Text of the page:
Taiwanese customers are spending more money in Lithuania as a result of the Baltic country siding with the East Asian island in a diplomatic feud with Beijing. Residents of Taiwan’s seven major cities carried out 112,000 transactions in Lithuania worth €76 million between February and June this year, according to data from the National Credit Card Centre (NCCC).
According to the island’s United Daily News newspaper, this has propelled the Baltic state into the top ten global destinations for Taiwanese credit card spending. Residents of Taipei were the greatest spenders, spending about €32 million on Lithuanian products including as chocolate, beer, and cookies, according to the daily.
The development was welcomed by Lithuania’s foreign ministry, which told Euronews Next that the two areas were united by democratic governments and market economies. In June, Lithuania’s national broadcaster LRT reported that Taiwan’s increased investment was due to the EU country’s donation of 20,000 doses of the AstraZeneca COVID-19 vaccine.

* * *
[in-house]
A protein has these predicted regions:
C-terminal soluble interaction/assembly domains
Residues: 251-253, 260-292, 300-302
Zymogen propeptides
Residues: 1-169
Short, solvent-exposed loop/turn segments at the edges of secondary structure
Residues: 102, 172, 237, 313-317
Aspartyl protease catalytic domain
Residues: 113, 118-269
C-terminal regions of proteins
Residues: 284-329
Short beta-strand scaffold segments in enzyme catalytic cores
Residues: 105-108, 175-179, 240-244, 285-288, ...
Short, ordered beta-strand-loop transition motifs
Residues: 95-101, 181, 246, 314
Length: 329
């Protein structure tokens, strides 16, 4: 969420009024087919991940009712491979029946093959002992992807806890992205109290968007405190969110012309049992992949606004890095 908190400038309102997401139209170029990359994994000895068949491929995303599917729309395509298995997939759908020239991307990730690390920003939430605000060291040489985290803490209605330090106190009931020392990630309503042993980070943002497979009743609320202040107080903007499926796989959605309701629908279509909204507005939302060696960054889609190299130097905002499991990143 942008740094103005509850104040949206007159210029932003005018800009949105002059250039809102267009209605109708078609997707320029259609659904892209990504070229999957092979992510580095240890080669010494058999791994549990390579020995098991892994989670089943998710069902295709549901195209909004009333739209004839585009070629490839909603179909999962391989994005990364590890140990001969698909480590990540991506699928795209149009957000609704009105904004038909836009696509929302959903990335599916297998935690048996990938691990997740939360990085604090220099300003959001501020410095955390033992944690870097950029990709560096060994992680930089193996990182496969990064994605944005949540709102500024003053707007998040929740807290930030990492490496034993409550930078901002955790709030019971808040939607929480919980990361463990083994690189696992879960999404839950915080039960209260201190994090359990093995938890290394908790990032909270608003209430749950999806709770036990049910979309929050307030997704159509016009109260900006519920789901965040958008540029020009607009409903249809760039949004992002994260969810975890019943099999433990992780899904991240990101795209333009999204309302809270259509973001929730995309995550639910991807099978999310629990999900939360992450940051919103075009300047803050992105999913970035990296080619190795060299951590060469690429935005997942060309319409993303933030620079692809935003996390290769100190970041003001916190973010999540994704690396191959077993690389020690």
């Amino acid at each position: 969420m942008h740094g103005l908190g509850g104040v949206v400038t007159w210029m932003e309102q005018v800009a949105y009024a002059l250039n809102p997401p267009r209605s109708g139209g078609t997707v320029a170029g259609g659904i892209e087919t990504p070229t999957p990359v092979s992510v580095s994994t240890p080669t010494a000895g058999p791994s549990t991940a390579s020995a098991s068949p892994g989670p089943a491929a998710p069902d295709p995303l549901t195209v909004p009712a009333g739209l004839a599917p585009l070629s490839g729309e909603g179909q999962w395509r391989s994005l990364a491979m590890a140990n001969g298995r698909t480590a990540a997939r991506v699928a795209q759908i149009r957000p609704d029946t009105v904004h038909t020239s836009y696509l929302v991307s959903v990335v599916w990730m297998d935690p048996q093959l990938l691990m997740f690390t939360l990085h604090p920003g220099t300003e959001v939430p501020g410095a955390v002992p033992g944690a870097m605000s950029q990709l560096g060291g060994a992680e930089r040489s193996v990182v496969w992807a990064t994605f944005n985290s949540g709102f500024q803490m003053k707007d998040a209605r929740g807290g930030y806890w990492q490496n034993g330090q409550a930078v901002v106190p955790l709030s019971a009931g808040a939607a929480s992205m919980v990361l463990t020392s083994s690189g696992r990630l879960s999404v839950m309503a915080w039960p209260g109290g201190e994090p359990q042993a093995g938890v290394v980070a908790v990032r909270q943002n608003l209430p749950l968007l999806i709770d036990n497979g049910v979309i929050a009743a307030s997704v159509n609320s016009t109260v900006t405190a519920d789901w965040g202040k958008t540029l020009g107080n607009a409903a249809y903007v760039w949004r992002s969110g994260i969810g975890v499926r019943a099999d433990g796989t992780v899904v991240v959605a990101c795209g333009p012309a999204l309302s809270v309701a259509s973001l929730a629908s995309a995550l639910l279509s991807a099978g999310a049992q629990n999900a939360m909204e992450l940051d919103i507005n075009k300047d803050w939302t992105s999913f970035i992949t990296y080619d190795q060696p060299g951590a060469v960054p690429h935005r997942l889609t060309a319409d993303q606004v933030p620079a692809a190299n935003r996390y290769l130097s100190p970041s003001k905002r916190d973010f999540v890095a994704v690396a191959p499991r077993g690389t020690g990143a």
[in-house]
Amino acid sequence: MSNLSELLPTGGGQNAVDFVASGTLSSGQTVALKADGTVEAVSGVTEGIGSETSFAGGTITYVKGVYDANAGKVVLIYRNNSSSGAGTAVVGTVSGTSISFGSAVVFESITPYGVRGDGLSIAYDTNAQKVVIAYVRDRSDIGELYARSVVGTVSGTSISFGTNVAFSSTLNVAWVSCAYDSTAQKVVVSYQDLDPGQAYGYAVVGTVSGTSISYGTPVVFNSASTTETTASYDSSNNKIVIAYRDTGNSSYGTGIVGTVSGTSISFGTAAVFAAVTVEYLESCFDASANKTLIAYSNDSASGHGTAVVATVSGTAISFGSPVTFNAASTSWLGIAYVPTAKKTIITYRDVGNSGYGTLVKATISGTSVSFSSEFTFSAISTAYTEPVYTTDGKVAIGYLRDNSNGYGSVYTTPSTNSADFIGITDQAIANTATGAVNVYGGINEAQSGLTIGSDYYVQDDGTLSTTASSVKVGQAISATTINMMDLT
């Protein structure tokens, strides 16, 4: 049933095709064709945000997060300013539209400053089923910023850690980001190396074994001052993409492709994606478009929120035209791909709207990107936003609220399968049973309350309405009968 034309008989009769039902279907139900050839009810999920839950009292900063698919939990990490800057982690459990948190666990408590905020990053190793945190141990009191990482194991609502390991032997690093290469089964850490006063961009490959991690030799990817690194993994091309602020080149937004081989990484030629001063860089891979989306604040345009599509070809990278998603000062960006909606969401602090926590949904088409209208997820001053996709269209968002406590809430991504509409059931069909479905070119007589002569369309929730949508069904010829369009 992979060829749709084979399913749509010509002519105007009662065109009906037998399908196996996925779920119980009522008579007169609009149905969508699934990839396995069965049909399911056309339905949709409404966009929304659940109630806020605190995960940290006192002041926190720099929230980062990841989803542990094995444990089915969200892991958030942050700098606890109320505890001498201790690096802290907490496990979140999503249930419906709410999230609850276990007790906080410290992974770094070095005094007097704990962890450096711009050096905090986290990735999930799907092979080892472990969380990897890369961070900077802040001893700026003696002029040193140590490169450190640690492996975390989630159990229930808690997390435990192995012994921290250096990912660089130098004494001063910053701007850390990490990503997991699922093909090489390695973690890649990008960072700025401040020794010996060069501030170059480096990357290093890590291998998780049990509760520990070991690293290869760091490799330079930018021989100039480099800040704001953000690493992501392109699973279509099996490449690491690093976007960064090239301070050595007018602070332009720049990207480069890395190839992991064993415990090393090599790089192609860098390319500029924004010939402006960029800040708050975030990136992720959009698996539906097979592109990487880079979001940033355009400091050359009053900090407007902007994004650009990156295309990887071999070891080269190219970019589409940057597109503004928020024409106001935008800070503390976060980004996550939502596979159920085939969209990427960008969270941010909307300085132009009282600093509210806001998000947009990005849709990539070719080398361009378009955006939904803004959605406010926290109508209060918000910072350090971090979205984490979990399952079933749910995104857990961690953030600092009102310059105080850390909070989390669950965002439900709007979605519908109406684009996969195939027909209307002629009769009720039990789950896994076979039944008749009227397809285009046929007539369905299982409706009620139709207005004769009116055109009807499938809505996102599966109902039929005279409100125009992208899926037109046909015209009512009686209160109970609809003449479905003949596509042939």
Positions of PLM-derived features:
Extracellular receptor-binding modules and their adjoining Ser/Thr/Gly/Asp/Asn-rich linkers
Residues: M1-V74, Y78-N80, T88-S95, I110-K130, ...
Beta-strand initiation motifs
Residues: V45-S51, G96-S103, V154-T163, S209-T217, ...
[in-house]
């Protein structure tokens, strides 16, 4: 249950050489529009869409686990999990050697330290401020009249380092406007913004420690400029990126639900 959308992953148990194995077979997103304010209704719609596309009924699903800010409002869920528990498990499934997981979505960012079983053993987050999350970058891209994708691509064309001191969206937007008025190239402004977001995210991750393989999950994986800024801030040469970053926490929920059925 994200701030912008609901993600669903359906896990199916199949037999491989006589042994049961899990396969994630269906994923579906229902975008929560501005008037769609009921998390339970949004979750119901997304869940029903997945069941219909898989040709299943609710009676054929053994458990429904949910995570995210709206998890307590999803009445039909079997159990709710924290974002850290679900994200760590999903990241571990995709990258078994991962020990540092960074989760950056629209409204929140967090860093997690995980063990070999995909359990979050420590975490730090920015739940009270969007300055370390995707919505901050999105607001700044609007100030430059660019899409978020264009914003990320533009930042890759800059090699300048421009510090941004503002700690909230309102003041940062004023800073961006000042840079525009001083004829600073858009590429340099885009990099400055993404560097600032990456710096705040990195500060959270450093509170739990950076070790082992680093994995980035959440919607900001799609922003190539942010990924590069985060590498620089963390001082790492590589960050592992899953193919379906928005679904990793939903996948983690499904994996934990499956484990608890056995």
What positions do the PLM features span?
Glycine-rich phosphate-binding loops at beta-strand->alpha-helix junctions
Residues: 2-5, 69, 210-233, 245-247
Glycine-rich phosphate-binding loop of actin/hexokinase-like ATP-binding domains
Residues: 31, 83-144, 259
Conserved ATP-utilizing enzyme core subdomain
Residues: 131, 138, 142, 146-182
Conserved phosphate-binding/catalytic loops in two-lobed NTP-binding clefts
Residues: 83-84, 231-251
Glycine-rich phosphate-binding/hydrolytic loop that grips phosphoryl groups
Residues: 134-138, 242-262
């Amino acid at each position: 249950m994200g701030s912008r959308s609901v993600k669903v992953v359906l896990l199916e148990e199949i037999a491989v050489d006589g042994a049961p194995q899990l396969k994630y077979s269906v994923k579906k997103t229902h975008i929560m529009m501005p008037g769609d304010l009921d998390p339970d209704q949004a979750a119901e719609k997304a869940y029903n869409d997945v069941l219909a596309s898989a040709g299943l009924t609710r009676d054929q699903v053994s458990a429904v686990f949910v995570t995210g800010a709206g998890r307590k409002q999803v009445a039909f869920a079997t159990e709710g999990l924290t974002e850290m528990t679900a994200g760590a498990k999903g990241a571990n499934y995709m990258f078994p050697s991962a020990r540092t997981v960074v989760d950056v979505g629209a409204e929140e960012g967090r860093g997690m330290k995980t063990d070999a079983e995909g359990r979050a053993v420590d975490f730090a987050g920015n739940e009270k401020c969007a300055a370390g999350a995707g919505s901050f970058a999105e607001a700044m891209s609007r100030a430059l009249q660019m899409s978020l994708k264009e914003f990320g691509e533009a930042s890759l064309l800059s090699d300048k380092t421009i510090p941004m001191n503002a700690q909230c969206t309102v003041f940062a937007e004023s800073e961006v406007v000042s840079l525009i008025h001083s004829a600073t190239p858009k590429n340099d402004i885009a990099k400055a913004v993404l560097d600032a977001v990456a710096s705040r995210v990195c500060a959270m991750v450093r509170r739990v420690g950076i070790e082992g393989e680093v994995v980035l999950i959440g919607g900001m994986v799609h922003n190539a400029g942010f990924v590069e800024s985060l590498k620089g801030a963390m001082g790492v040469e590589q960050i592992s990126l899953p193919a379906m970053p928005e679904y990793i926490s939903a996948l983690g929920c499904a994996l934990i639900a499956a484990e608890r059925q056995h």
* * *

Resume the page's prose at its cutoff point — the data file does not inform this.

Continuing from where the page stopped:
Following the delivery of the AstraZeneca shipment, chocolate company Rta reported a ten-fold rise in orders from the Asian island, while a Lithuanian brewery reported an increase in international orders from Taiwan. Marius Horbaauskas, general director of Lithuanian beer maker Volfas Engelman, told LRT, “It’s extremely good that people replied in such a kind way — this is indeed unexpected for us.”
Another aspect that may explain Taiwanese consumers’ unexpected fondness for Lithuania is an ongoing diplomatic battle between Lithuania, Taiwan, and China, with the latter considering the island as a rebellious, separatist province that does not deserve official recognition by other countries.
However, in July, Lithuania agreed to allow Taiwan to create a representative office in Vilnius that would be called “Taiwan” rather than “Chinese Taipei,” a designation that is frequently used in other countries to avoid offending Beijing.
China’s ambassador to Lithuania was summoned as a result of the move. Lithuania’s ambassador to Beijing returned to Vilnius last week “for consultations,” according to the country’s foreign ministry. Lithuania’s foreign ministry told Euronews Next that the government wanted to seek “closer economic, trade, cultural, and academic links” with Taiwan.